Italy’s Berlusconi returns to strike deal on electoral reform that leaves out smaller parties
Silvio Berlusconi has returned to the political scene after a tax fraud conviction, striking a deal with the head of the largest centre-left party on electoral reform that could help stabilise Italy, but would leave smaller parties out in the cold.
The Saturday night agreement between 77-year-old Berlusconi, still head of the centre-right Forza Italia party he founded, and Democratic Party (PD) leader Matteo Renzi has divided the governing coalition.
Smaller parties in the coalition of Prime Minister Enrico Letta, who also belongs to the PD, are irate about such an agreement because they could risk extinction under a new electoral system.
Moreover, the left wing of the PD has accused Renzi, 39, of facilitating the rehabilitation of a convicted criminal. Berlusconi denies the fraud charges and is appealing a separate conviction for paying for sex with an underage girl.
A shaky coalition
With the highest debt burden in the euro zone after Greece, Italy — mired in its longest post-war recession — is closely watched by financial markets and European partners as a flashpoint for instability in the bloc.
In last year’s election, no party gained enough votes to govern alone, plunging the country into political stalemate before the creation of a broad-based coalition government which has constantly bickered and struggled to produce reforms.
Electoral reform rocketed to the top of the political agenda last month when the constitutional court called part of the current electoral law “manifestly unreasonable.”
It struck down the system of voting for party lists of candidates and the rules that gave the largest coalition an automatic 55 percent of seats — on a national basis in the lower house and regionally in the senate. It also said voters should have the right to choose representatives, not simply vote for lists picked and ranked by party bosses.
Small parties react
Prime Minister Letta, whose relations with Renzi have sometimes been tense, said the accord was “going in the right direction” towards electoral reform, which would involve a lengthy process of parliamentary approval and constitutional amendments.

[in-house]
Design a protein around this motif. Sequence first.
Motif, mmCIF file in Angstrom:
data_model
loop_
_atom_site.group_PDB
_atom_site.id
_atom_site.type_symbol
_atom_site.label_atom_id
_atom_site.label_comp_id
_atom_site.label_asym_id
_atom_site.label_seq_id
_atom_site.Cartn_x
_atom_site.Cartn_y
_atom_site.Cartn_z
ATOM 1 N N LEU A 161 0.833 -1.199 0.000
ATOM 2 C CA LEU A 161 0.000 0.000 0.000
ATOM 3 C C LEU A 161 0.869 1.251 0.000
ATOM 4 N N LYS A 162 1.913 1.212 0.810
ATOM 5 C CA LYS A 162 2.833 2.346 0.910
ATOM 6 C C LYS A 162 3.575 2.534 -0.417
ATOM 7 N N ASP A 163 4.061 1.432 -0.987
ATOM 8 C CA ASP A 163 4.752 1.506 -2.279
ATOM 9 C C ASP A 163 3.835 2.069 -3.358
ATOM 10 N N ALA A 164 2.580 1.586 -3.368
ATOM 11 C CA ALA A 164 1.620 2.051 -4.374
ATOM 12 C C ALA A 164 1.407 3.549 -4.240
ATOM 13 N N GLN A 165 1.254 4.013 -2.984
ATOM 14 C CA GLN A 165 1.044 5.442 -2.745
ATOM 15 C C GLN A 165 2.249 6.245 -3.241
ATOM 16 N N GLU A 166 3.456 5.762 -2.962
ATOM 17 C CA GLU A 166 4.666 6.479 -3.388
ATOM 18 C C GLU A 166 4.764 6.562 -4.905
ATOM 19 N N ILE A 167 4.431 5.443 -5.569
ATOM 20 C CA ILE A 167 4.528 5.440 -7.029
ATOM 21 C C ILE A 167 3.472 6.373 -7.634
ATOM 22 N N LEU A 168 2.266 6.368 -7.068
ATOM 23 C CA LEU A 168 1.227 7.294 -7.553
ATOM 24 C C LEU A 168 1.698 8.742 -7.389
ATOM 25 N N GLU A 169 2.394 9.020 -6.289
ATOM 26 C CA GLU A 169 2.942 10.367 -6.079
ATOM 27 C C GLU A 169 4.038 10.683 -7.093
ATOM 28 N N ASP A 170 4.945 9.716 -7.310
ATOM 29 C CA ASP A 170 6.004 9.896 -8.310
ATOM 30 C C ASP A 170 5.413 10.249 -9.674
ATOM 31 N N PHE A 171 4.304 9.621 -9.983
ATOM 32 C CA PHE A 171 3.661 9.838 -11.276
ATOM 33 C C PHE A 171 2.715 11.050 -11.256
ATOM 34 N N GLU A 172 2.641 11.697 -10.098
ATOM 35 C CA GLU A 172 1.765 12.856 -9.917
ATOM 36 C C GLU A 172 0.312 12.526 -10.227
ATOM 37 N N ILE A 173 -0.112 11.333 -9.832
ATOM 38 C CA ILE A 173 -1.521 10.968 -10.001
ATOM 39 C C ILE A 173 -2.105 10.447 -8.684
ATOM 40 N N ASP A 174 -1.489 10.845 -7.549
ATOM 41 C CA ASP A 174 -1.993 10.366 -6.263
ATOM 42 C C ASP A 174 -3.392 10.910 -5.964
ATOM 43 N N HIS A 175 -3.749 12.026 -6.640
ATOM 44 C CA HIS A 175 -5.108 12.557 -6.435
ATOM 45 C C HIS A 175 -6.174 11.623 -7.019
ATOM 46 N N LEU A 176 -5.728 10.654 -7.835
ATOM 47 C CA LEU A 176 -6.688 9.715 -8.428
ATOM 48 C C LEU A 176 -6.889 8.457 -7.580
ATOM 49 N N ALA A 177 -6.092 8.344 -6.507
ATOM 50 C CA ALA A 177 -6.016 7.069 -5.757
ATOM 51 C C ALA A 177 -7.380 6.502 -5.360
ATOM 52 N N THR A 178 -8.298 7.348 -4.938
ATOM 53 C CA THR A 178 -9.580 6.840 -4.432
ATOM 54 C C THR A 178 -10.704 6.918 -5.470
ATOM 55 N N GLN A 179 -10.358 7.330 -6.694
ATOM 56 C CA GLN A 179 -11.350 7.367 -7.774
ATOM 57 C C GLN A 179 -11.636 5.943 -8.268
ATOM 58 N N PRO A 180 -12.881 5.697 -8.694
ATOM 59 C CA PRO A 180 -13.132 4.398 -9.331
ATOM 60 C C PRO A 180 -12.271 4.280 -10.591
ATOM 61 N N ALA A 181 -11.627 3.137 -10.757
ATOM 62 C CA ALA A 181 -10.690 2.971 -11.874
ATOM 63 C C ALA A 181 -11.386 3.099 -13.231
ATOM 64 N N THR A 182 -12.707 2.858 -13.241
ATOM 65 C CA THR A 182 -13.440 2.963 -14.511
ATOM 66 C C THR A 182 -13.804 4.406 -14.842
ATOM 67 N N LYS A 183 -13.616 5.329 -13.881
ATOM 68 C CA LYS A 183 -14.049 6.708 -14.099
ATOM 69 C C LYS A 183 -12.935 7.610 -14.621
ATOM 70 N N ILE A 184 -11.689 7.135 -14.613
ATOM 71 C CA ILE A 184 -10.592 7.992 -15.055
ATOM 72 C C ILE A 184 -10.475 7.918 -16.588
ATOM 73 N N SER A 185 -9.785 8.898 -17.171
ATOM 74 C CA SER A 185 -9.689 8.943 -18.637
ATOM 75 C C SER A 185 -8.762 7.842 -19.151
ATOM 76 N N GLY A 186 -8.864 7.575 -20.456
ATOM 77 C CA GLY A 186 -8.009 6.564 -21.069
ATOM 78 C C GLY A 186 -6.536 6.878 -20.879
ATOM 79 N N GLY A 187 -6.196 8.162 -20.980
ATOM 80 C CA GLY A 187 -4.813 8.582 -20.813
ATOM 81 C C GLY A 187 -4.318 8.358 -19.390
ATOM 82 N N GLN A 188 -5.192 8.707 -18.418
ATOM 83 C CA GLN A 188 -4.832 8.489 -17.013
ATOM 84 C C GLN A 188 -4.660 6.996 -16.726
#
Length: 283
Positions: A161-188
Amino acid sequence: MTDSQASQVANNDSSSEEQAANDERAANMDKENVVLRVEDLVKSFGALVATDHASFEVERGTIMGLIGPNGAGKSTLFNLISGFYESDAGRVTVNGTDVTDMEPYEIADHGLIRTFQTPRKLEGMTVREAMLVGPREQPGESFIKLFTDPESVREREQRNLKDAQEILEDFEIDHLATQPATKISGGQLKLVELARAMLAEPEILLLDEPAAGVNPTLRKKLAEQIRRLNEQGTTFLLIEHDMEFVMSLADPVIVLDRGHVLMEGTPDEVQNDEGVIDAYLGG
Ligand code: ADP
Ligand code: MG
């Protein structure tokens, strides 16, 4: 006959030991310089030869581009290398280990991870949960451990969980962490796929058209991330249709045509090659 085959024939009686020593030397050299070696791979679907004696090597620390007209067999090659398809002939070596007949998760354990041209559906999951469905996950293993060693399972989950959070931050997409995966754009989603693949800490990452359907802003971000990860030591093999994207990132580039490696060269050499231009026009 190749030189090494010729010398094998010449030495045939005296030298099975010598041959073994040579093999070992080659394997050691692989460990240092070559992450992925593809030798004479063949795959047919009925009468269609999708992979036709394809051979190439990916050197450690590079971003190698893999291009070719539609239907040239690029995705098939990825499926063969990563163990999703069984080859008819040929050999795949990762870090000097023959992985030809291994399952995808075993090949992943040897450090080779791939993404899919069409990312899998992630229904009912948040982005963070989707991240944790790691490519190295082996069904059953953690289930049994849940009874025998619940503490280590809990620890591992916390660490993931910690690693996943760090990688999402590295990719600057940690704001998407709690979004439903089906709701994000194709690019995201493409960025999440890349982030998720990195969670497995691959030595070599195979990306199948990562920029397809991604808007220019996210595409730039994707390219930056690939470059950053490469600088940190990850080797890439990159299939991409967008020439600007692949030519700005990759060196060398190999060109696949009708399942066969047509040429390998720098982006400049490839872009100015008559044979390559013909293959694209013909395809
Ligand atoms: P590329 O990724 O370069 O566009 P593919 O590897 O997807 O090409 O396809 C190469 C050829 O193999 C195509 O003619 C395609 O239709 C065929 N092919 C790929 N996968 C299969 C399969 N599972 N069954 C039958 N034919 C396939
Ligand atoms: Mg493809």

Still, small parties backing Letta’s coalition — including the New Centre Right (NCD) of Deputy Prime Minister Angelino Alfano and the Civic Choice of ex-premier Mario Monti — have threatened to bring down his administration unless they have a say.
Alfano, who broke with Berlusconi to form the NCD last year, said on Sunday that a reform of the electoral law would be “impossible without us” and added: “We want coalitions and not just two parties, which goes counter to Italian history.”
Renzi, who is also mayor of Florence, held the two-and-a-half hour talks with Berlusconi at PD headquarters in Rome.
The irony of Berlusconi entering the headquarters of the political heirs of the communist party he has long despised was not lost on anyone. The offices still have pictures of Fidel Castro and Che Guevara on their walls.
A demonstrator hit Berlusconi’s car with an egg and another held up a photo montage of the former prime minister behind bars. He was expelled from parliament in November after the fraud conviction became definitive and has been leading his party from outside parliament.
Renzi and Berlusconi favor a system based on proportional representation with a large number of small constituencies each electing four or five representatives and a winner’s bonus of 15-20 percent of seats. Parties winning below five percent of the vote would not get into parliament.
After the meeting Renzi said he and Berlusconi were “in tune”, agreeing on the need for an electoral law that “favors governability and a bi-polar system, and eliminates the blackmail power of the smallest parties”.
Berlusconi said the accord would “consolidate the largest parties and simplify the political system”.
Both Berlusconi and Renzi also favor a reform of the upper house Senate so that it does not merely duplicate the work of the lower house Chamber of Deputies as well as changes to the governing structure of Italy’s regions and provinces.